On Tuesday the 28th, we’re getting together to talk about how to pool our financial and political power. We believe that the people who live and work in New York City should be able to create the city we want together, and that permanently affordable work space is at the heart of economic justice, cooperative power, and neighborhood resilience. We’re writing to give you more information on the Real Estate Investment Cooperative teaching and learning event on Tuesday, April 28th at our new and final location: New Middle Collegiate Church on 2nd Ave and 7th Street (112 2nd Ave, New York, NY 10003). We’ve moved locations yet again due to the enormous amount of interest. We can now seat 300 people, so bring your friends!
With $1.1M in pledges by future members of a real estate investment cooperative for NYC, we know we have hit a nerve. We hope to steer this collective enthusiasm toward the endurance work of building a set of political and financial tools that we can use to save and create NYC’s vital affordable places, as well as organizing infrastructure that reflects the diversity of our City.
We’re thinking of calling it The NYC Anti-Vanishing Fund. We hope that reveals some of our motivations, and resonates with some of yours.
Please arrive at 6pm to take your seat and meet all of the great organizations that are working on cooperative development, cultural organizing, and community land trusts. At 6:30pm, we will begin a series of short presentations about financing the acquisition of buildings, about the importance of resale covenants to keep our spaces affordable in perpetuity, and about the impact of cooperative investment on affordable work space in New York City. We will hear from representatives of Fourth Arts Block, the Democracy at Work Institute, Brooklyn Law School Center for Urban Business Entrepreneurship, Sure We Can, the Street Vendor Project, and the Sunview Luncheonette.
We will be livestreaming the event (details TBA on our facebook page) and Keith Harrington of Shoestring Videos will also record the event and make it available online.
See you on the 28th at 6pm at New Middle Collegiate Church on 7th Street and 2nd Ave, 112 2nd Ave, New York, NY 10003 We’ve moved locations to this last and final spot due to the enormous amount of interest. We can now seat 300 people, so bring your friends!
Please bring $10 cash if you are ready to join as a member on Tuesday the 28th, as we will begin collecting member dues. Bring $20 if you’d like to join as a member for $10 and donate $10 for someone who cannot afford membership at this time. Visioning sessions, writing by-laws, and board elections come next!
Thanks for collaborating with us on the future,
Your interim NYC Real Estate Investment Cooperative Facilitation Team
Paula, Caroline, David, Ted, Devin and Greg (and Chiara, our awesome intern-on-loan)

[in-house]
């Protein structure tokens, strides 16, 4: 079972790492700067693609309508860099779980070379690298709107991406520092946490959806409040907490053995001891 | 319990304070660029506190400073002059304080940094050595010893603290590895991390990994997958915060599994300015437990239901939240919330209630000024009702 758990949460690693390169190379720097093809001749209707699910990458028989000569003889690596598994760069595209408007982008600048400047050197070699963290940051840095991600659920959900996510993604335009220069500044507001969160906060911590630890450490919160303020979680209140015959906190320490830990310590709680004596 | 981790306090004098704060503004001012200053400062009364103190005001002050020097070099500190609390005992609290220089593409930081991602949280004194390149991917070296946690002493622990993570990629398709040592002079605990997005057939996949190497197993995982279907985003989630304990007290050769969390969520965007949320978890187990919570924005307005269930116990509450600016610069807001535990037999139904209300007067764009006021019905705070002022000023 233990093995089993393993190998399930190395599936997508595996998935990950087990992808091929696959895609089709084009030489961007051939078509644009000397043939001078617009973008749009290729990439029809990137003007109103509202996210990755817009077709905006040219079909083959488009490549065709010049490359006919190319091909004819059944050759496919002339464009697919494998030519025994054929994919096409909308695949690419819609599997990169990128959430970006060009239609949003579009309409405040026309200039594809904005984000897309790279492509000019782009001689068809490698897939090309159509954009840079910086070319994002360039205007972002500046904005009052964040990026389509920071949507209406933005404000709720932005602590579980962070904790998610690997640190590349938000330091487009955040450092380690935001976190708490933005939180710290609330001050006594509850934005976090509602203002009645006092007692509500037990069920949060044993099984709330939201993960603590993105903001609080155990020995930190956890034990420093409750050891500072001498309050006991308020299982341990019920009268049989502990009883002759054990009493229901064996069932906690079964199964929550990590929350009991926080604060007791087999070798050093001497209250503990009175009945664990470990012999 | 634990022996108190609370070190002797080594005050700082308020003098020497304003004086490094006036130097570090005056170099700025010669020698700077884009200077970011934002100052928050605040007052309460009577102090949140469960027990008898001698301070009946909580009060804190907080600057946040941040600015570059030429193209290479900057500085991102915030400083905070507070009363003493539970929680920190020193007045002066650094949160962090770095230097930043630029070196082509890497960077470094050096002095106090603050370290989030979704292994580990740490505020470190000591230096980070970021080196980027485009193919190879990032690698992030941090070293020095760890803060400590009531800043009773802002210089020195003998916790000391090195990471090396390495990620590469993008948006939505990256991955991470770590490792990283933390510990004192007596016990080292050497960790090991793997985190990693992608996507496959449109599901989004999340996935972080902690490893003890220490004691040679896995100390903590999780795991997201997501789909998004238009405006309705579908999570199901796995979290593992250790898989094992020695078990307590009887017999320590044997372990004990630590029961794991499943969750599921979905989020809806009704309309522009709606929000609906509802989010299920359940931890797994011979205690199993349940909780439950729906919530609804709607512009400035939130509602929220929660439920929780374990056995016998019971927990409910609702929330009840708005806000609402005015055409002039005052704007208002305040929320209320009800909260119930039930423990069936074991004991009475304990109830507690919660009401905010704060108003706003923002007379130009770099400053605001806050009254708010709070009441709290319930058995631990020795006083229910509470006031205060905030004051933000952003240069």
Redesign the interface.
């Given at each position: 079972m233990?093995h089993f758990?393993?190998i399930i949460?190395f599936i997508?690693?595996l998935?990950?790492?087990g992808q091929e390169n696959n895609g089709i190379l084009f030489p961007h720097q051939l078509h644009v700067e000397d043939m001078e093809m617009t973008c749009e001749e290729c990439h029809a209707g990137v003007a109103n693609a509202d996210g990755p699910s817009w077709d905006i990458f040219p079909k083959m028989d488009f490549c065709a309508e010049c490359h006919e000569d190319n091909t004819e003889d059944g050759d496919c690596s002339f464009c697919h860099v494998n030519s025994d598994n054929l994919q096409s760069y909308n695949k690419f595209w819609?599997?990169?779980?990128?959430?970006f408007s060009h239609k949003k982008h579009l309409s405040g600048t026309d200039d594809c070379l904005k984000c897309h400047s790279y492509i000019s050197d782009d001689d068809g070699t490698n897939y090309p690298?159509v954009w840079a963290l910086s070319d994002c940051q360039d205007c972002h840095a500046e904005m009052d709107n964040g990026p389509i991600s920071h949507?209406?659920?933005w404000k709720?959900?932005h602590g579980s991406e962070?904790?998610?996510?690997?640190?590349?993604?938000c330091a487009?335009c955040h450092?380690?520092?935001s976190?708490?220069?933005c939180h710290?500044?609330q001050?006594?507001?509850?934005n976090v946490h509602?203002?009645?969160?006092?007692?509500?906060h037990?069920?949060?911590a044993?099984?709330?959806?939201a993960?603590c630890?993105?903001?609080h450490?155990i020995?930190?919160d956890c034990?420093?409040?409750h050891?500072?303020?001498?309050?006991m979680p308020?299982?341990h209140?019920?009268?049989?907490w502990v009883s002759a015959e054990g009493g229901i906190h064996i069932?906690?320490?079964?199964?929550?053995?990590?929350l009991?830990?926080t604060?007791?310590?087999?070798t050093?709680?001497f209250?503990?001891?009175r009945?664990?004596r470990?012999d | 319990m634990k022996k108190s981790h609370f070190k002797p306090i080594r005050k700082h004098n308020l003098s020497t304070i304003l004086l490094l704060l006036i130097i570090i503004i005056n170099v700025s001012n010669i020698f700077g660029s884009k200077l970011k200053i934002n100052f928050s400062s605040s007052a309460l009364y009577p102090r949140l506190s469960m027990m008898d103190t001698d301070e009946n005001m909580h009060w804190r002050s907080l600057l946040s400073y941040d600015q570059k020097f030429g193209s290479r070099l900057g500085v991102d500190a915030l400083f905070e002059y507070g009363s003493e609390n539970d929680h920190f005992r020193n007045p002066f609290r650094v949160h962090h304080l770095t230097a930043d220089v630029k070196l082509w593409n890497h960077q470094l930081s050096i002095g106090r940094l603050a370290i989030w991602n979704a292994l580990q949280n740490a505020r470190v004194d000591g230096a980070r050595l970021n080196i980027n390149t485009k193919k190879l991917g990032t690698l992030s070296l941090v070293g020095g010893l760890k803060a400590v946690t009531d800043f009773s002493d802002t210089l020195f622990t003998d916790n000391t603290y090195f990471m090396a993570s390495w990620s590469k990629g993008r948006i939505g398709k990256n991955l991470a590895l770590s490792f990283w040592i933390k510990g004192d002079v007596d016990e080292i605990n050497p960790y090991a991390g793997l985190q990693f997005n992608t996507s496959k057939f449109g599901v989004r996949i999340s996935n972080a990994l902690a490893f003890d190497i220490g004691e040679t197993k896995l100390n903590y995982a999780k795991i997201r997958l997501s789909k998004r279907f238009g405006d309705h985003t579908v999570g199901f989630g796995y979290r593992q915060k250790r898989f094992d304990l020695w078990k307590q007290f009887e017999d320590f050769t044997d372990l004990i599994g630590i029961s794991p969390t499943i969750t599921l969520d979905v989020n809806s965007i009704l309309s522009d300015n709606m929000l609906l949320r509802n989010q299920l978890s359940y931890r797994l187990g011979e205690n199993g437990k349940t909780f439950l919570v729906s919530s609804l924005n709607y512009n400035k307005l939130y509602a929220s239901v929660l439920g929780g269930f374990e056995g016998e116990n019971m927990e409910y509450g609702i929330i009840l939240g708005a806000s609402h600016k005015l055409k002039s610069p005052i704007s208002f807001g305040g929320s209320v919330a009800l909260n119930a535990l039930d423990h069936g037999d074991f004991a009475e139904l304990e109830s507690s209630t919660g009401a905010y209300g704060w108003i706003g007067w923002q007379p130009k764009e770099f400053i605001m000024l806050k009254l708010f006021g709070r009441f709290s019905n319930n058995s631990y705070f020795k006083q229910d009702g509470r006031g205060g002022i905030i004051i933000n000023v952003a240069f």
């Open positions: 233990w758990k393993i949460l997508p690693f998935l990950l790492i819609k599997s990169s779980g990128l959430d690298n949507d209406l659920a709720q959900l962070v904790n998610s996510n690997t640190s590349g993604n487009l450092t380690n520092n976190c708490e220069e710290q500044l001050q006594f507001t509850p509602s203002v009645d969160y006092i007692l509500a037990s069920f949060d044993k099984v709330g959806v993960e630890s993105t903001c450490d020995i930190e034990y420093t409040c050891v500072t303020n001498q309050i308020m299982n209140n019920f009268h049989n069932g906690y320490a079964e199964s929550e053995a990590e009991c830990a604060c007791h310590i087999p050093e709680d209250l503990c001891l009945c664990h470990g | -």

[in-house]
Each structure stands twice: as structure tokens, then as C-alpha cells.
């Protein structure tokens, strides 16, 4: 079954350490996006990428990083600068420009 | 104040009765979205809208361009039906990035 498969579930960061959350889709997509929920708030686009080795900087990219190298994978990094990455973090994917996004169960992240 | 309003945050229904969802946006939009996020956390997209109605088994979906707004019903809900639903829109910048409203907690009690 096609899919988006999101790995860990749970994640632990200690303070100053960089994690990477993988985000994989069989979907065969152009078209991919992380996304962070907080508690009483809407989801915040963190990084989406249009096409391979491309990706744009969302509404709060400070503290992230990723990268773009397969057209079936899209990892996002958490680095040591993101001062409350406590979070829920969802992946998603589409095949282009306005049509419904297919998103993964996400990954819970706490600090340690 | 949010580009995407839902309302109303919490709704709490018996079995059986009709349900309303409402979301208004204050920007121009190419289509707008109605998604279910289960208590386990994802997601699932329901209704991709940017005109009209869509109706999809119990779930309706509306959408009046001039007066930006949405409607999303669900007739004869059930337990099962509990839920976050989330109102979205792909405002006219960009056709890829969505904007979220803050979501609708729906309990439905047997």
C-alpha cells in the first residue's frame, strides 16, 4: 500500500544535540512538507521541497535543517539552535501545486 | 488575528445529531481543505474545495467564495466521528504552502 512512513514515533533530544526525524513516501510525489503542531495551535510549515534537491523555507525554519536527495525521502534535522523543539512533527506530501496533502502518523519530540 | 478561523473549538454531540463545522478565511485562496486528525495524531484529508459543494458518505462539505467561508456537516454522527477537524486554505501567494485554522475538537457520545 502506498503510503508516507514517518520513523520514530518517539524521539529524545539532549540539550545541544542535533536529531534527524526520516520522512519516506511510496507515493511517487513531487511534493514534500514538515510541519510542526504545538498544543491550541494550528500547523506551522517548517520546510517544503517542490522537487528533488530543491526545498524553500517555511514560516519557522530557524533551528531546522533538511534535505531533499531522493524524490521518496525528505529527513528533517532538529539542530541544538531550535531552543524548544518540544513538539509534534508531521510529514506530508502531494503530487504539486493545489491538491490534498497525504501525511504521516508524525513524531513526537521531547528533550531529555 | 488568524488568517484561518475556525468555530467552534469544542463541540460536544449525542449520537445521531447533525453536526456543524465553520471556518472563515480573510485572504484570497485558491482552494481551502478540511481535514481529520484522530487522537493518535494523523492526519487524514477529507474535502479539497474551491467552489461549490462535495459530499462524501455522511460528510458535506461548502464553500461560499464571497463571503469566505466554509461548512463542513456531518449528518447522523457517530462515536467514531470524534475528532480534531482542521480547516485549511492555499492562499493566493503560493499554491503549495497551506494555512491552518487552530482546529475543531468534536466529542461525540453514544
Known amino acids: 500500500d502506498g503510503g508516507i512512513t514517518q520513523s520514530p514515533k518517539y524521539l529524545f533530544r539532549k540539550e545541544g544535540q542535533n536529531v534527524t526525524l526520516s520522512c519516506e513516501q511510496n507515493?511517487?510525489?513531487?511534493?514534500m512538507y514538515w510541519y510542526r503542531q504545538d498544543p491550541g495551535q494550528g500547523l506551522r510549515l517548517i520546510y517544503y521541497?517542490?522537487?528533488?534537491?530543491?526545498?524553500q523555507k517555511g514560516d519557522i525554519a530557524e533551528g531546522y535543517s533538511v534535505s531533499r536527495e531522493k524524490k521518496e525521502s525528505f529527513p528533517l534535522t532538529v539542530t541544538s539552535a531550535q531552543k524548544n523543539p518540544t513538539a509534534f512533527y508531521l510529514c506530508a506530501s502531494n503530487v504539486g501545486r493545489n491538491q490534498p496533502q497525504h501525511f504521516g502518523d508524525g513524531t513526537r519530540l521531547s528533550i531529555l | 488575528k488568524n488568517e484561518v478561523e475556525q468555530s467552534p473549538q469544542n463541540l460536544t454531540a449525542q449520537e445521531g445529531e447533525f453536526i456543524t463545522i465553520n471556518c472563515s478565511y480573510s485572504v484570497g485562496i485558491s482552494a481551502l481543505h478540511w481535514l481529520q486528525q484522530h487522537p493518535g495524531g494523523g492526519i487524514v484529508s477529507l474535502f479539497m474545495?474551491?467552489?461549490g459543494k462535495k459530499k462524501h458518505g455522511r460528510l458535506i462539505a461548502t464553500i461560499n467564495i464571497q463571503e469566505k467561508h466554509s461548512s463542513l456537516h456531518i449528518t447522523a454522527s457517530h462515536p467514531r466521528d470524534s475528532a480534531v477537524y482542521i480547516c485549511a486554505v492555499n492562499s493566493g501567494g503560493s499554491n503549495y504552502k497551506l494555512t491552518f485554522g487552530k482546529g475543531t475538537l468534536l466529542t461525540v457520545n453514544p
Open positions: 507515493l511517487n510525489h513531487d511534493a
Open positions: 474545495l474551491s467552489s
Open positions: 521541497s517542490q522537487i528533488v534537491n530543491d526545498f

If you’d like to help set up, welcome folks, and/or clean up, please let us know! Just email firstname.lastname@example.org and tell us that you’d like to help make the event run smoothly by showing up early and/or staying late.
PS: Want to learn more about this before we meet on the 28th?
If you’d like to read about precedents for pooling money to invest in community spaces, we suggest the following readings on mechanisms for pooling money, on permanently affordable space, and on pooling money for permanently affordable space:
How Direct Public Offerings work (this is how Ben & Jerry’s raised their first chunk of money)
Seeking Capital, Some Companies Turn to ‘Do-It-Yourself I.P.O.’s,’ New York Times (July 31, 2013), http://www.nytimes.com/2013/08/01/business/smallbusiness/seeking-capital-some-companies-turn-to-do-it-yourself-ipos.html (More Direct Public Offering details: http://www.cuttingedgecapital.com/resources-and-links/direct-public-offering/; or you can watch a video )
Workers Diner In NYC (a Direct Public Offering that could have worked, if only enough people had wanted to own a diner business together): http://www.geo.coop/story/crowd-financing-worker-cooperatives
How Community Economic Development Investment Funds work in Alberta, Canada: http://acca.coop/coop/white-paper-accelerating-co-operative-development-in-alberta/
The Cooperative Fund of New England: http://www.cooperativefund.org/
A summary of Investment Cooperatives in Minneapolis and Canada: http://ilsr.org/rule/community-ownership-commercial-spaces/investment-cooperatives/
How the Northeast Investment Cooperative works in Minneapolis: http://neic.coop/membership-info
How Community Bonds work in Toronto: http://communitybonds.ca/community-bond/
Iroquois Valley Farms, LLC, using a regulated security to invest in farmland: http://iroquoisvalleyfarms.com/
PERMANENTLY AFFORDABLE SPACE IN NEW YORK CITY
Cooper Square Committee Community Land Trust and Mutual Housing Association: https://coopersquare.org/
The New York City Community Land Initiative and Community Land Trusts: http://nyccli.org/about/mission-and-strategies/
Community Land Trust Resources for Commercial Properties: http://cltnetwork.org/topics/commercial/
POOLING MONEY TO MAKE PERMANENTLY AFFORDABLE SPACE
Mietshaeusersyndikat: www.syndikat.org (sorry! in German!)
A Cooperative Bakery Tied to a Community Land Trust in the UK: http://www.2up2down.org.uk/
Go to the GEO front page